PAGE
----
The Early Days of Film
Although motion capture and primitive moving image photography had been around since the 1860s it was with the development of the first true motion-picture cameras in the late 1880s which really kick-started the age of film.
It was an age of extraordinary technological progress – from electricity and the telephone to cars and indeed flight – and as such, film had something of a battle to be noticed among such ground-breaking inventions.
But noticed it most certainly was.
Pioneers of a New Age
In those early years there were numerous names who can be credited as artistic pioneers of this new medium. Most notable among the, perhaps, were French filmmakers Georges Méliès and the Lumieres brothers Auguste and Louis. Indeed it was the Lumieres who would first cause a public stir with their film exhibitions of the mid-1890s with legend having it that their short film L’arrivée d’un train en Gare de La Ciotat (The Arrival of a Train at La Ciotat Station), a 50-second film showing a train pulling into a railway station, caused such a panic that audience members ran for cover.
Whilst the story is considered largely apocryphal it did serve to demonstrate the potential this new craft-form had for mass appeal.
The Evolution of Technique
Early film was considered a novelty akin to that of a carnival attraction. In its infancy there was very little actual film technique involved at all – the focus purely on the spectacle of it being a moving image of a place or event.
These films were very short, rarely longer than a minute, and shot as one scene through a still, tripod supported camera. Using only natural lighting and making no significant edits this was raw image capture, an outlet for voyeurism.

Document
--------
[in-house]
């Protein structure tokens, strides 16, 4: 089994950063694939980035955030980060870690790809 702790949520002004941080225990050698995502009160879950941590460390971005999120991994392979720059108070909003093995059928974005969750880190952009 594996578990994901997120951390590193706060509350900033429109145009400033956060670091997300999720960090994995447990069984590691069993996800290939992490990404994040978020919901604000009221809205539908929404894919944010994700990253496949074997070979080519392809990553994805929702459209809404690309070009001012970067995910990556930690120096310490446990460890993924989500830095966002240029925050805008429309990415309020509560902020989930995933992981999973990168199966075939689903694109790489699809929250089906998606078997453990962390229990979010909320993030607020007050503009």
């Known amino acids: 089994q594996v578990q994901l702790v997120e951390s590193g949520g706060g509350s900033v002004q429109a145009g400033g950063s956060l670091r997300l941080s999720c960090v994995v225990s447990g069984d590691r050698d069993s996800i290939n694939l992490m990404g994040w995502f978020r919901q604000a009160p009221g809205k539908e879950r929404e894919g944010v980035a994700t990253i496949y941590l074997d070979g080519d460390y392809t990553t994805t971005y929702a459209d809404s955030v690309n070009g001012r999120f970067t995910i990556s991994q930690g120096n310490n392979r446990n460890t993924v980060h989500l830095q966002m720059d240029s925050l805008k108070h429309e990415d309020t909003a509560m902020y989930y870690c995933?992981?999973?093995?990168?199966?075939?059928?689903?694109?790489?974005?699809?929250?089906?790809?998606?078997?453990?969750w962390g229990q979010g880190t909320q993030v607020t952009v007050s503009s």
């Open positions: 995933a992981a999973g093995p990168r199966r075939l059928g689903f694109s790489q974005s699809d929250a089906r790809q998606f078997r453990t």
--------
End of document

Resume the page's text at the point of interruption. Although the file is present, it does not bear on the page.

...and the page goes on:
There was certainly no suggestion, in those early years, of using film as a way of story-telling, creating a narrative with a story-arc.
But that would soon change.
Through experimentation filmmakers began to see new possibilities for film – possibilities that would eventually lead to the motion pictures we’d come to recognise through the next century.
Experiments with new forms of effects and lighting techniques were being undertaken. Edison’s use of stop motion and George Smith’s double exposure technique for superimposing one image onto another highlighted new versatilities to film while different camera shots were being tried such as panning (moving) camerawork employed when Robert Paul filmed Queen Victoria’s Diamond Jubilee.
With the dawn of a new century and the new potential for film slowly being realised, came the first steps into narrative filmmaking.
Both Paul, Méliès and others were certainly making forays towards film as a vehicle for story-telling into the early 1900s with Melies films becoming ever more multi-scene, employing greater need for editing skills (and resulting in longer length films), while Paul was pioneering multi-shot filmmaking.
Moving towards Features
Through the first decade of the film age motion pictures rarely exceeded one reel of film, limiting the degree of narrative that could be included.
This would change in 1906 with the release of The Story of the Kelly Gang. With a true story-arc and running to 4,000 feet of reel (1 hour) this is seen as the first real feature-film. With its live narrations and musical accompaniment the film ushered in the Silent Movie age of filmmaking.
Although silent the films of next quarter century would grow ever more sophisticated, developing the techniques of its pioneers, combining new innovative ways of filming to tell more intricate stories. By 1927, and the introduction of sound, film had truly become the great entertainer of the masses.